Japanese Satsuma Ware | Antique Satsuma Teapot | Meiji Period
This teapot has a very finely drawn multi colored floral and bamboo motif in two large and two smaller cartouche. The artwork is exceedingly well delineated with gold edging. The designs also feature a form of decoration called moriage, which is a term used to describe the use of raised enamel on the surface of Japanese Satsuma pottery which lends an added effect to the pieces. Although the glaze crackling, (Kannyu), make the ceramics look more antique in appearance, the effect was used more to give richness and depth to the colors.
Porcelain and rattan handle are in excellent condition with imperfections on teapot or lid. The piece has the Shimazu family crest on the bottom which dates to the Meiji Period (1861-1912). Dimensions: 3 ½” dia. x 3 ½”h (incl. handle).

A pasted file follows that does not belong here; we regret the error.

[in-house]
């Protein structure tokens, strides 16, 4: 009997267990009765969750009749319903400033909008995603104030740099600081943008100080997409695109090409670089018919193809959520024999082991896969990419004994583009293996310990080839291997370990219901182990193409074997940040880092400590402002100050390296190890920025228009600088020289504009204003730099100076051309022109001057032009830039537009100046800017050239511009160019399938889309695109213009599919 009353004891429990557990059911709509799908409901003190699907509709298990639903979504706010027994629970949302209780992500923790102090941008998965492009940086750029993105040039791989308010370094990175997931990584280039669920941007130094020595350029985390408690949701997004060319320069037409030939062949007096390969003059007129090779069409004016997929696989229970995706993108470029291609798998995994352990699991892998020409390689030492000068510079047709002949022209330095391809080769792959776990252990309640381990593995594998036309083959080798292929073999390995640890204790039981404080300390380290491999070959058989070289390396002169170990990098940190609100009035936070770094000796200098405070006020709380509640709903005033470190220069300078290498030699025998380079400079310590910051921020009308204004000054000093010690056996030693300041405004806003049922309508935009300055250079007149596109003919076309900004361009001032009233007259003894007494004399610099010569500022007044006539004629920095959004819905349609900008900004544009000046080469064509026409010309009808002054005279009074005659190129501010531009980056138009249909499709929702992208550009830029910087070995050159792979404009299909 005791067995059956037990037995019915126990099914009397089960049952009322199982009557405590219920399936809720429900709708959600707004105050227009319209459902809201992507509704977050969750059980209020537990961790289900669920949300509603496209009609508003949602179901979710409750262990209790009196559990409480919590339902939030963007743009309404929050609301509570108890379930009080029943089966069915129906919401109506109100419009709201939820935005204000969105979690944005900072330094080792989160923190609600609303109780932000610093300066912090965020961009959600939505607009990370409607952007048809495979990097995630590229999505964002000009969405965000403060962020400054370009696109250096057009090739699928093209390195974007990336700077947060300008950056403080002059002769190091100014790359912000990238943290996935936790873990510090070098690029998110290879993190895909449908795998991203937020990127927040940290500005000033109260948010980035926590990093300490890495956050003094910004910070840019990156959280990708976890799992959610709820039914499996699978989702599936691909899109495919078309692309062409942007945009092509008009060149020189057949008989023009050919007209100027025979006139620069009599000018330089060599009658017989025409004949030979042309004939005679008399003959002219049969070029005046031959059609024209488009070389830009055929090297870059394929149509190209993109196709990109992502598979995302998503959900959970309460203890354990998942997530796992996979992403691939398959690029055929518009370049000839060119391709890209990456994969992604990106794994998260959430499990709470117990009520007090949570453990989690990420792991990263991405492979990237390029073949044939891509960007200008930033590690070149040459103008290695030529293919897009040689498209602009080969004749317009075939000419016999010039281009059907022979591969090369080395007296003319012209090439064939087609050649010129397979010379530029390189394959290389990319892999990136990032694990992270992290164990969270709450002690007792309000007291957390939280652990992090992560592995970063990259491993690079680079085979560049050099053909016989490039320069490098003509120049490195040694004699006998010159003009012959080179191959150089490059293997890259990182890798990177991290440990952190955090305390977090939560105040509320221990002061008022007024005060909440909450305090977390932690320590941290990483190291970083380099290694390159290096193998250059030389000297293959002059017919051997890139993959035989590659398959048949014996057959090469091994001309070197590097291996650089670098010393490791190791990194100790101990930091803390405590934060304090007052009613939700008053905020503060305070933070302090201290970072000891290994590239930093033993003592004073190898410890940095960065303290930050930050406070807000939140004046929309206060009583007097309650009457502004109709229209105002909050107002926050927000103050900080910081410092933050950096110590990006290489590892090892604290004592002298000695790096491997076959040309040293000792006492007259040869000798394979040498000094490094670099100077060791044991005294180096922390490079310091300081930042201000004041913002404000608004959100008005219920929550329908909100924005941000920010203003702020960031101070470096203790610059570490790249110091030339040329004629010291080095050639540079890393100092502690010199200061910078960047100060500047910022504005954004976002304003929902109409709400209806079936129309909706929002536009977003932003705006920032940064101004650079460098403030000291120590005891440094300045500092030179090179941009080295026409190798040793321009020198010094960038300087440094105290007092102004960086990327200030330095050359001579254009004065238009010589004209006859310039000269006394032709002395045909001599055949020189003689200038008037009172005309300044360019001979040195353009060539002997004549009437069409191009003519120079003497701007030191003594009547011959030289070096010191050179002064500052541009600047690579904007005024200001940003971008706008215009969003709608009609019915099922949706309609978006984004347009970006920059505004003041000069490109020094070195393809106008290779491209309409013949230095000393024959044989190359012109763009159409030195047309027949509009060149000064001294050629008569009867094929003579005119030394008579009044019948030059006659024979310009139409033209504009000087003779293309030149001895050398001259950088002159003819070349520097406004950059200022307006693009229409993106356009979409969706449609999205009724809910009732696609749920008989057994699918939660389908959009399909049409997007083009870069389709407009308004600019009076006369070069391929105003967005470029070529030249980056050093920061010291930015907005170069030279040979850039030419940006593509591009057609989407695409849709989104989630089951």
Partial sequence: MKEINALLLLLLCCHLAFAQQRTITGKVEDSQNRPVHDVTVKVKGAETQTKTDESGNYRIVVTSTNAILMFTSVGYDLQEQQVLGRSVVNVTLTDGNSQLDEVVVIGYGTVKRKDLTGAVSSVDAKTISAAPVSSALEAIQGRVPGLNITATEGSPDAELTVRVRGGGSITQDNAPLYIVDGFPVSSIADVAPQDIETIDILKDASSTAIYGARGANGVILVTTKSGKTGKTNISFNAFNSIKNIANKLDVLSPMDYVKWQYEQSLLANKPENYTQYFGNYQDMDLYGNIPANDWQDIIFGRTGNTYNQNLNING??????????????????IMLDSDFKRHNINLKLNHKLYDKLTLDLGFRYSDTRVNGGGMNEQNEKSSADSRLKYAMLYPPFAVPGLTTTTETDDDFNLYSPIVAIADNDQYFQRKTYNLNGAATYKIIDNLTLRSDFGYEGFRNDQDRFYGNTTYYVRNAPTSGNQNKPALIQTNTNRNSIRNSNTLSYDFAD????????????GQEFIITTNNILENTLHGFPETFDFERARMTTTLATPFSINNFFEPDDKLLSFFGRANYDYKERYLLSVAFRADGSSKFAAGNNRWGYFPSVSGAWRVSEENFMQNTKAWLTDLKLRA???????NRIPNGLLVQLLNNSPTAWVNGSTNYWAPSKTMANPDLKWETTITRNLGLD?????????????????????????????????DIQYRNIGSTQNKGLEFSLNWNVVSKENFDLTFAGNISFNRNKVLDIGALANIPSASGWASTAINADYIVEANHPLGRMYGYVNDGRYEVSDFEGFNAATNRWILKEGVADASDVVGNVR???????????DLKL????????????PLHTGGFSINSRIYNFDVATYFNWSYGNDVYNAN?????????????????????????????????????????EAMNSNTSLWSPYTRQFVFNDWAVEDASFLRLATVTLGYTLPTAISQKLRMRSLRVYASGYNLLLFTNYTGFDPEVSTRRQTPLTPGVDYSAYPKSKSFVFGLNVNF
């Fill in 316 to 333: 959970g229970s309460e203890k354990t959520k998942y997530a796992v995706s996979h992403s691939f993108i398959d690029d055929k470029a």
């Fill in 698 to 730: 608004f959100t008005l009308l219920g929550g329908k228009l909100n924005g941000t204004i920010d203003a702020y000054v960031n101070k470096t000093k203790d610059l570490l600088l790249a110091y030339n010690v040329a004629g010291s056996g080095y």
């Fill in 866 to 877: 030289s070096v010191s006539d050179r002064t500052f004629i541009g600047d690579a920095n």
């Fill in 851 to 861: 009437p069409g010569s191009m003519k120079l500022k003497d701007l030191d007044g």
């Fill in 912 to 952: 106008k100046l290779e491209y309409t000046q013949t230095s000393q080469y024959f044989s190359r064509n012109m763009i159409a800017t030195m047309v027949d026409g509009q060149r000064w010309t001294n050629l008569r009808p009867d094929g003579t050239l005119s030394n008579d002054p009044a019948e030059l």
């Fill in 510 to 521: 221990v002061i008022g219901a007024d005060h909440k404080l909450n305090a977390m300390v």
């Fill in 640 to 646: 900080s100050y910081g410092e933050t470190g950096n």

The ancient Japanese province of Satsuma, now Kagoshima prefecture, is located in the southernmost part of the island of Kyushu. Its association with the production of pottery and earthenware was well known by the early 17th century. Satsuma ware is somewhat between porcelain and pottery clays. Most of the early Satsuma ware featured a cream-colored body painstakingly painted with enamels and gold leaf. It has always had a finely crackled glaze. This crackling remains a hallmark of collectible Satsuma to this day. Originally Satsuma wares were made for the Japanese household and not for export before mid-nineteenth century. They tended to be small and included tea bowls (Chawan), water jars (Mizuzashi), incense burners (Koros), incense boxes (Kogos), vessels for flower arrangement (Ikebana) and small teapots for individual use.